|Modelling the geochemical fate and transport of wastewater-derived phosphorus in contrasting groundwater systems|Spiteri, C.; Slomp, C. P. ; Regnier, P.; Meile, C.; Van Cappellen, P. (2007). Modelling the geochemical fate and transport of wastewater-derived phosphorus in contrasting groundwater systems. J. Contam. Hydrol. 92(1-2): 87-108. dx.doi.org/10.1016/j.jconhyd.2007.01.002
In: Journal of Contaminant Hydrology. Elsevier: Tokyo; Oxford; New York; Amsterdam. ISSN 0169-7722; e-ISSN 1873-6009
Phosphorus; Nitrogen; N:P ratio; Groundwater; Sorption capacity; Reactive transport modelling
|Auteurs|| || Top |
- Spiteri, C.
- Slomp, C. P.
- Regnier, P.
- Meile, C.
- Van Cappellen, P.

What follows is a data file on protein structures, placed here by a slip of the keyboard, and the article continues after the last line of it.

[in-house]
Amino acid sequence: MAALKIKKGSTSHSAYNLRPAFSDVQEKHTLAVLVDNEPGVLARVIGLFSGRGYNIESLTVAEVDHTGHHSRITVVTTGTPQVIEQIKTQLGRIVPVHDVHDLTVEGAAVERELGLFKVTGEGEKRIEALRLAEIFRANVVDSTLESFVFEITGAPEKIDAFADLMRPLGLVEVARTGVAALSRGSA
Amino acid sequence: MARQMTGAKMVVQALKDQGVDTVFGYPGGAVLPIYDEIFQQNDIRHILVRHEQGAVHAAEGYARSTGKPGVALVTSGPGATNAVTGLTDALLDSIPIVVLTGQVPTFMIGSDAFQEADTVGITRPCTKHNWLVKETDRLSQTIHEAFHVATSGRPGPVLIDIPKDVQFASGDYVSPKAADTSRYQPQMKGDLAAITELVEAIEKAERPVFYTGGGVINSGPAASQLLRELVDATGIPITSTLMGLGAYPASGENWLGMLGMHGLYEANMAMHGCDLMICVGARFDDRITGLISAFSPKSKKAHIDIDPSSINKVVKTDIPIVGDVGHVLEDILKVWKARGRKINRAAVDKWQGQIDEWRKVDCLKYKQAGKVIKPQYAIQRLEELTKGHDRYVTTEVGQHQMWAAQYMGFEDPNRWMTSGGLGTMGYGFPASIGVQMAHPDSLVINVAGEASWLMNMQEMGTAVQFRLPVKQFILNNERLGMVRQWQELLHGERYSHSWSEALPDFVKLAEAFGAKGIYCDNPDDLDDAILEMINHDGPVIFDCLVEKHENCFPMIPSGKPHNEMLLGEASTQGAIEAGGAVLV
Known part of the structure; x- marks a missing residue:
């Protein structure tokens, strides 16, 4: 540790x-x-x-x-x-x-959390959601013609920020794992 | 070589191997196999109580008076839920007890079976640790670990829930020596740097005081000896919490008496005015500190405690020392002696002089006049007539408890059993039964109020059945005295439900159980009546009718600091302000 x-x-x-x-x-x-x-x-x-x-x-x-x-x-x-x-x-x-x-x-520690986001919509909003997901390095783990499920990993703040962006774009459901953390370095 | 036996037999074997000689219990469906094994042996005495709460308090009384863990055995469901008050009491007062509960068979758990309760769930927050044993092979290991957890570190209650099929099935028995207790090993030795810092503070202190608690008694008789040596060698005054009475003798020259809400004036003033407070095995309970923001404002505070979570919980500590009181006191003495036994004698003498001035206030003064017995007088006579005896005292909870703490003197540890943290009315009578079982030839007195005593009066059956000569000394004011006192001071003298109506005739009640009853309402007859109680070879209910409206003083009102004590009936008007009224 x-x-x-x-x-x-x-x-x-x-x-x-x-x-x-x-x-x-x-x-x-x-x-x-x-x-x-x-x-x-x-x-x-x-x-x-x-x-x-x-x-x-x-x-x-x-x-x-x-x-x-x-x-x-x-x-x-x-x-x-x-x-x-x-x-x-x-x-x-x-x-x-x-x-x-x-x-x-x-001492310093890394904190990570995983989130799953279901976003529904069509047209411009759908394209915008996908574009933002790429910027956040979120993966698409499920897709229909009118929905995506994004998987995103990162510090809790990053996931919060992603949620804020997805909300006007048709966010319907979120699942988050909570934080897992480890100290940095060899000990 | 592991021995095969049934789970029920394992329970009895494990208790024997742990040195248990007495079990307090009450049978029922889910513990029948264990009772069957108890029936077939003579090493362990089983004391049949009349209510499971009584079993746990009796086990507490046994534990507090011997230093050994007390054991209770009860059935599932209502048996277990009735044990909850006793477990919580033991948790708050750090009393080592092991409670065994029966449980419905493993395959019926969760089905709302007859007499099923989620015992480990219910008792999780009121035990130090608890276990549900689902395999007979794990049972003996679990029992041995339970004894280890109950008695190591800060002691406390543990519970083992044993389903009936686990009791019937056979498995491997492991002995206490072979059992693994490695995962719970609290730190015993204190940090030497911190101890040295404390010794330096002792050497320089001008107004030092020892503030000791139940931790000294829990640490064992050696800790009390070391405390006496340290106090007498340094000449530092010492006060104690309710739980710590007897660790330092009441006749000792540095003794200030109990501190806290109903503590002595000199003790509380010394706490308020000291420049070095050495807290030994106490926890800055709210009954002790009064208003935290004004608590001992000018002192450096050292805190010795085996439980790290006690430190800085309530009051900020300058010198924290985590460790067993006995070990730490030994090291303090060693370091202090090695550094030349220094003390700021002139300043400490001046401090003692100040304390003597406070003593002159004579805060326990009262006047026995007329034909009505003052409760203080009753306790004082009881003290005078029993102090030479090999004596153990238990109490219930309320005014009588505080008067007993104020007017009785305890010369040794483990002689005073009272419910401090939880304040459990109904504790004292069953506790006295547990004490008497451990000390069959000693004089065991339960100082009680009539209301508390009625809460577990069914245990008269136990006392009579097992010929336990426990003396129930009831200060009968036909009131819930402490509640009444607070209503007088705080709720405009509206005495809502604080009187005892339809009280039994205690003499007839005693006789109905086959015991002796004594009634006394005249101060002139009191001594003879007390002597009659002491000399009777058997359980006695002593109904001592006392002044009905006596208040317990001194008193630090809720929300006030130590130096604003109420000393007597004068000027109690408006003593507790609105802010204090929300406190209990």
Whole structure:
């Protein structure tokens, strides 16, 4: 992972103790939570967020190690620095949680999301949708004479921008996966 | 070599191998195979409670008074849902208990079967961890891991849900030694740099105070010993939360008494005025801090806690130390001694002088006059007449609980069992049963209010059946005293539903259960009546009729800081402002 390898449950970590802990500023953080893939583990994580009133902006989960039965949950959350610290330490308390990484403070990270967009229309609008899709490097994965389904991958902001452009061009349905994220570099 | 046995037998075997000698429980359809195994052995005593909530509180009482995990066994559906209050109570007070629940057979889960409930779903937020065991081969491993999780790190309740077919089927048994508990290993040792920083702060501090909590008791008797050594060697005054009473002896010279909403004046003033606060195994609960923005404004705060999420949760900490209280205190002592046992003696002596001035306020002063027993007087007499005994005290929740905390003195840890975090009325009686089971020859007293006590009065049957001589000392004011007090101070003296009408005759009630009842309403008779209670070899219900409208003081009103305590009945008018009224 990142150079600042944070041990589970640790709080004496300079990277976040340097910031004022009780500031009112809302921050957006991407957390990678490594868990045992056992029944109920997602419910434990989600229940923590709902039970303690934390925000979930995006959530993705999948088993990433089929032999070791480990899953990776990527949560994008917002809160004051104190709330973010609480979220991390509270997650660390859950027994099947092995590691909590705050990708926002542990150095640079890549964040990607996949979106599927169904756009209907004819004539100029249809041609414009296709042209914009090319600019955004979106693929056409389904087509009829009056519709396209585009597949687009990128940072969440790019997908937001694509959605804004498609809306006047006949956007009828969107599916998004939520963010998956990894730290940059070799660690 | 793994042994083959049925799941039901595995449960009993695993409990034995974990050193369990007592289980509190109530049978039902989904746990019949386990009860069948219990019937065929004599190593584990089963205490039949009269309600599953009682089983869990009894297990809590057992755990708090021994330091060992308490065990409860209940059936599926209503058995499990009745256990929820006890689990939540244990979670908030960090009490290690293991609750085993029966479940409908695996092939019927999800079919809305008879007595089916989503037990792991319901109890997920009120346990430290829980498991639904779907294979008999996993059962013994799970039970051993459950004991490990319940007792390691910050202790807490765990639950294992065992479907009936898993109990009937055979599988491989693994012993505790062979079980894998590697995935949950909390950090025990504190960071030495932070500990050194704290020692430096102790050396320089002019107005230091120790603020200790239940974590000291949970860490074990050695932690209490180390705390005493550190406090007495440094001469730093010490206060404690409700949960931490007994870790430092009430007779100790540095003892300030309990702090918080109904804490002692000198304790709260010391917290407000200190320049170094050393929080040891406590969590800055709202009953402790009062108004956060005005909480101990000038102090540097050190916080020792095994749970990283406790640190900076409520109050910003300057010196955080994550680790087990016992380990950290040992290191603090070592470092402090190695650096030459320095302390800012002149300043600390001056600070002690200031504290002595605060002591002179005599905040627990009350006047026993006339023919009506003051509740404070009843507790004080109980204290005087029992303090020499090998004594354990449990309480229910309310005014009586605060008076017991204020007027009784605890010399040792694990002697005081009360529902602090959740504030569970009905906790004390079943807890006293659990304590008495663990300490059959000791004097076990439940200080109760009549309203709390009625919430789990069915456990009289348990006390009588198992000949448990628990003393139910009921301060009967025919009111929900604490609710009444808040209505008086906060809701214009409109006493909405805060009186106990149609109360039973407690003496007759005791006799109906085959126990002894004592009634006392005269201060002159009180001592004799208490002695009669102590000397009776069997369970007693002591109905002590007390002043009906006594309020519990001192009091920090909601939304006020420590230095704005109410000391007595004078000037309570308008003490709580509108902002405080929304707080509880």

A 1D reactive transport model (RTM) is used to obtain a mechanistic understanding of the fate of phosphorus (P) in the saturated zone of two contrasting aquifer systems. We use the field data from two oxic, electron donor-poor, wastewater-impacted, sandy Canadian aquifers, (Cambridge and Muskoka sites) as an example of a calcareous and non-calcareous groundwater system, respectively, to validate our reaction network. After approximately 10 years of wastewater infiltration, P is effectively attenuated within the first 10 m downgradient of the source mainly through fast sorption onto calcite and Fe oxides. Slow, kinetic sorption contributes further to P removal, while precipitation of phosphate minerals (strengite, hydroxyapatite) is quantitatively unimportant in the saturated zone. Nitrogen (N) dynamics are also considered, but nitrate behaves essentially as a conservative tracer in both systems. The model-predicted advancement of the P plume upon continued wastewater discharge at the calcareous site is in line with field observations. Model results suggest that, upon removal of the wastewater source, the P plume at both sites will persist for at least 20 years, owing to desorption of P from aquifer solids and the slow rate of P mineral precipitation. Sensitivity analyses for the non-calcareous scenario (Muskoka) illustrate the importance of the sorption capacity of the aquifer solids for P in modulating groundwater N:P ratios in oxic groundwater. The model simulations predict the breakthrough of groundwater with high P concentrations and low N:P ratios after 17 years at 20 m from the source for an aquifer with low sorption capacity (< 0.02% w/w Fe(OH)3). In this type of system, denitrification plays a minor role in lowering the N:P ratios because it is limited by the availability of labile dissolved organic matter.